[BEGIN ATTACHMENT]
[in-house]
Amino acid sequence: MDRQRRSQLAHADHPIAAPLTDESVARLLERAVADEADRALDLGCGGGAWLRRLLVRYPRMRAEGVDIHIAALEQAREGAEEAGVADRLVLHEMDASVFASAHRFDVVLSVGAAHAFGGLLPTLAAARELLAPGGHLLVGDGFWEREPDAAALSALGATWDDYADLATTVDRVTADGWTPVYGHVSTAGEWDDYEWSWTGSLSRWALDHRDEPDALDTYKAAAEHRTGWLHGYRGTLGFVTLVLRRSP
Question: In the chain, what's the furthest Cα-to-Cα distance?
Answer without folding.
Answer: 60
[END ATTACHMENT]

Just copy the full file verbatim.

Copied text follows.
[in-house]
Amino acid sequence: MDRQRRSQLAHADHPIAAPLTDESVARLLERAVADEADRALDLGCGGGAWLRRLLVRYPRMRAEGVDIHIAALEQAREGAEEAGVADRLVLHEMDASVFASAHRFDVVLSVGAAHAFGGLLPTLAAARELLAPGGHLLVGDGFWEREPDAAALSALGATWDDYADLATTVDRVTADGWTPVYGHVSTAGEWDDYEWSWTGSLSRWALDHRDEPDALDTYKAAAEHRTGWLHGYRGTLGFVTLVLRRSP
Question: In the chain, what's the furthest Cα-to-Cα distance?
Answer without folding.
Answer: 60